The Capitals had to say goodbye to some familiar faces. Other than Ovechkin, no one epitomized those Young Gun era teams more than defenseman Mike Green. But he was a free agent in 2015 and they let him go. Brooks Laich, who predated even Ovechkin as the main piece in the 2004 Peter Bondra trade, was traded in 2016 just as Washington was headed for another Presidents’ Trophy. Karl Alzner, a mainstay since he was the fifth pick in the 2007 draft, departed via free agency after the crushing 2017 loss to Pittsburgh. 

Players like Knuble and Ward, who teamed up for the game-winning goal in that 2012 Boston series, came and went. Troy Brouwer (2011-2015) did the same. He was traded for Oshie a few months after scoring the game-winning goal against the Blackhawks in the Winter Classic game at Nationals Park. Matt Hendricks became a folk hero as a scrap heap pickup who was a key fourth liner – and surprising shootout specialist - for three years from 2010-2013. Jason Chimera arrived in 2009 and raced his way up and down the ice for seven seasons from 2009 to 2016.  \

MacLellan’s moves almost all worked. The Capitals were a better overall team in 2015-2017 than they’d been with the run-and-gun group early in the decade or the veteran group they morphed into through Hunter and Oates’ three seasons and then Trotz’s arrival. 

Trotz could be demanding, but he was a steady hand with an experienced staff of assistant coaches. And Washington continued to develop young players like 2013 first-round pick Jakub Vrana, who scored the first goal in the Game 5 Cup clincher against Vegas. 

Just when it looked like it really was all over, after Alzner and Williams and Johansson and promising young defenseman Nate Schmidt departed in the summer of 2017 through free agency and the expansion draft, the Capitals found some magic. 


Midway through that following season they somehow put their grief behind them. They won the Metropolitan Division for the third year in a row. And, finally, they got some luck in the playoffs. Columbus hits a post in overtime of Game 3 already up 2-0 in a first-round series. Lars Eller, another veteran player MacLellan brought in to fix a hole in the lineup, scored instead. 

Eller was acquired as a third-line center, but he proved more than that filling in for an injured Backstrom in a top-six role against Pittsburgh in the second round and Tampa Bay early in the Eastern Conference Final. His eventual winning goal in the Stanley Cup Final clincher will stand for all time. Michal Kempny was on the ice for that goal. His acquisition at the trade deadline from Chicago, where he was buried in a limited role, solidified the blueline at the perfect time. He’s become a key part of their continued success. 

Brett Connolly’s initial shot was the one that slipped past Vegas goalie Marc-Andre Fleury so that Eller could sneak in and slam it home. Connolly was more MacLellan magic. He gave the former first-round pick a third chance after Tampa Bay and Boston gave up on him. Connolly arrived the same year as Eller, in 2016, made the team and increased his career-best point totals from 23 to 27 to 46. He had 52 goals in three seasons – and six more during the Cup run - before leaving for a bigger role in Florida last summer.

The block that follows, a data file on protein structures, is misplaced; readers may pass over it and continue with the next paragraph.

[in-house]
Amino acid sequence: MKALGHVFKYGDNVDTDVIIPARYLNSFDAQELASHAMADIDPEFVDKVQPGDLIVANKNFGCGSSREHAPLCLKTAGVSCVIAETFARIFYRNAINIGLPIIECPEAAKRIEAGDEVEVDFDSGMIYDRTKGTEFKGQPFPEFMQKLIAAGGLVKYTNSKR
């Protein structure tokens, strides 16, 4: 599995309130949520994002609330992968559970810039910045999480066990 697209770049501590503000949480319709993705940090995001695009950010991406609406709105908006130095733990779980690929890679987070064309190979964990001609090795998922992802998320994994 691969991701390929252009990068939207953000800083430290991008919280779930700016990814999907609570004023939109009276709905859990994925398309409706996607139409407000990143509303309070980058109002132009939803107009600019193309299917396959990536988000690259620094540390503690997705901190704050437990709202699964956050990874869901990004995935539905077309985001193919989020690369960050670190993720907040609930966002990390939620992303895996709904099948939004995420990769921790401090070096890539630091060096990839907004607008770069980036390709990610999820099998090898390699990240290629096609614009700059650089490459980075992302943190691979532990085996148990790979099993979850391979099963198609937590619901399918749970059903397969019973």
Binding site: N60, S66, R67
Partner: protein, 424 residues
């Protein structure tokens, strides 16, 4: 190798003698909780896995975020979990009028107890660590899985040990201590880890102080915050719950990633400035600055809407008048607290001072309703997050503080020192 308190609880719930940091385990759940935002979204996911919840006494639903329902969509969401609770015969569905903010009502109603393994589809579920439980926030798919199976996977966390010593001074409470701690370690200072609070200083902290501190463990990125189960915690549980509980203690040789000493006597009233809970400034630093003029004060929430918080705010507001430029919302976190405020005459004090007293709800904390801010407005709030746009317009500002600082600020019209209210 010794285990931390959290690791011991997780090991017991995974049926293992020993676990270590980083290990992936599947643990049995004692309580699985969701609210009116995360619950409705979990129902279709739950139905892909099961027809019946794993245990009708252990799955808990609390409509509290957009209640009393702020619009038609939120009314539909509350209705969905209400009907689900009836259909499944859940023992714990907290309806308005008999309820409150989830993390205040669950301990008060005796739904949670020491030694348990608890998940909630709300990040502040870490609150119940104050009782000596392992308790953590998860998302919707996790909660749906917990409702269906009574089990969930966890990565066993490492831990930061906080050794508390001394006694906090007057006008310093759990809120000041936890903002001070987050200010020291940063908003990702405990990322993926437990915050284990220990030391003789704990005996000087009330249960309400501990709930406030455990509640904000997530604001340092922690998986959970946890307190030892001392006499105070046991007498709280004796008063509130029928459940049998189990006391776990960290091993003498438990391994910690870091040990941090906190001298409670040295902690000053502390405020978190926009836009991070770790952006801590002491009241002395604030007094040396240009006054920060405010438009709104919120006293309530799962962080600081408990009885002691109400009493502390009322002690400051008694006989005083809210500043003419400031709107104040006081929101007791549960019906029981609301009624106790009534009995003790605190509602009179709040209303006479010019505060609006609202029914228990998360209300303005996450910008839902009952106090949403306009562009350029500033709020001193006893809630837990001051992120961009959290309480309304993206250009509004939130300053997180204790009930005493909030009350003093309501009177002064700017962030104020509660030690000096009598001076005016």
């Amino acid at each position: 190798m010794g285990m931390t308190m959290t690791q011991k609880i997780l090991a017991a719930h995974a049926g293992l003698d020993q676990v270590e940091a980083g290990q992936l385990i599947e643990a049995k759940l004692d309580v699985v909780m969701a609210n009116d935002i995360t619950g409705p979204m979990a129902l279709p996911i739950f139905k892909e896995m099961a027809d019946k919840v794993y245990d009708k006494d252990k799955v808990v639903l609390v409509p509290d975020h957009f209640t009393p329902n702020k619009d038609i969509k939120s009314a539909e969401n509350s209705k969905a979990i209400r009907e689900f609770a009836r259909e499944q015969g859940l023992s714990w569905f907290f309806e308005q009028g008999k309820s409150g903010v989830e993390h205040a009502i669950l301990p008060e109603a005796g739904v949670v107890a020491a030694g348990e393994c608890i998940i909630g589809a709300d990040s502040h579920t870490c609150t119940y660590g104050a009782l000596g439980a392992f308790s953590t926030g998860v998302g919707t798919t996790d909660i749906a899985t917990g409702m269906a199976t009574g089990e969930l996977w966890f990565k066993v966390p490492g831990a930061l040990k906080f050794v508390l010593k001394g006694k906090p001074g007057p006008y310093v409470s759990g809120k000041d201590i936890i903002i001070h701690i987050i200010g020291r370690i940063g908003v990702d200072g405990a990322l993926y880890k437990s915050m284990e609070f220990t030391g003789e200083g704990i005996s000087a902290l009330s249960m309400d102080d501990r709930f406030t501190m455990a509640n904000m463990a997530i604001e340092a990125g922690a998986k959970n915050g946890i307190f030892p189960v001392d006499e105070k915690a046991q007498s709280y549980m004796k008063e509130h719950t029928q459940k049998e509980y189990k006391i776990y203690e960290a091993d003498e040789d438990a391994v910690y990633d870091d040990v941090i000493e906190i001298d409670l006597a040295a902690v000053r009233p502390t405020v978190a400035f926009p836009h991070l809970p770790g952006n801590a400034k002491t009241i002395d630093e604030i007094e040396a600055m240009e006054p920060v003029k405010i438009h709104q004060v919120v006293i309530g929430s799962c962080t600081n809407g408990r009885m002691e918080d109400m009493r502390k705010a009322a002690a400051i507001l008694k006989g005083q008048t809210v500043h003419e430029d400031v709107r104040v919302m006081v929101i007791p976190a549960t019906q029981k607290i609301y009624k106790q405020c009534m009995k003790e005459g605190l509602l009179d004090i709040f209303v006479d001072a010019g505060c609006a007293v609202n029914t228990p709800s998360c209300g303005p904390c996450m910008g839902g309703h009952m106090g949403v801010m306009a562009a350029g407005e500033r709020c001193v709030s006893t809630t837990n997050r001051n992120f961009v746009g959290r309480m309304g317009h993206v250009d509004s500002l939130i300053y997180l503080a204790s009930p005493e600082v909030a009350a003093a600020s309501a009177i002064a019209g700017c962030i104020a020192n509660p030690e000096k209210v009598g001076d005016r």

Nor will Capitals fans forget the unsung heroes of that championship spring, which ended with players swimming in fountains and partying with fans across the city. Devante Smith-Pelly and Alex Chiasson and Nathan Walker and Travis Boyd all contributed to that title. Only Boyd remains from that group. 

Maybe the Cup helped ease the pain from all those losses, made those years seem better than they felt back then. But it’s more likely that even without that banner, time alone would have done that. It would be difficult to toss aside all that winning, all those personalities, all those memories even if 2018 hadn’t happened.   

Fans got to see one of the greatest players ever in Ovechkin, a trusty future Hall-of-Fame sidekick in Backstrom, a Vezina Trophy winner in Holtby, a dynamic defenseman in Green, a world-class talent in Kuznetsov.

Carlson is the early favorite for the Norris Trophy this season. Oshie is wildly popular, a U.S. Olympic hero with ridiculous skill who can also slam beers through his t-shirt. So is Wilson, the bruising winger hated in so many other NHL cities for his physical play who has tempered his image as a brash goon by becoming a legitimate top-six player.

It will all come to an end at some point, of course. Ovechkin will retire and most of the core players will depart. Maybe the Capitals can extend this run well into the next decade, but at some point management will make mistakes it can’t fix, stars will age, new prospects won’t materialize. 


When that finally happens, when the Stanley Cup playoffs become a pipe dream and dreary, dull, losing hockey is played before half-interested crowds, the magnitude of this past decade will stick with those who got to see it all in person. A fan can still enjoy the game under those circumstances, keep an eye on a young hotshot prospect – maybe the next Backstrom or Carlson or Holtby – and hope for a better future. 

But, inevitably, the eye at some point will wander toward the rafters, where the Stanley Cup banner hangs along with ones for Presidents’ Trophies and division titles and retired numbers, a reminder of happy, youthful days that passed so quickly but linger still.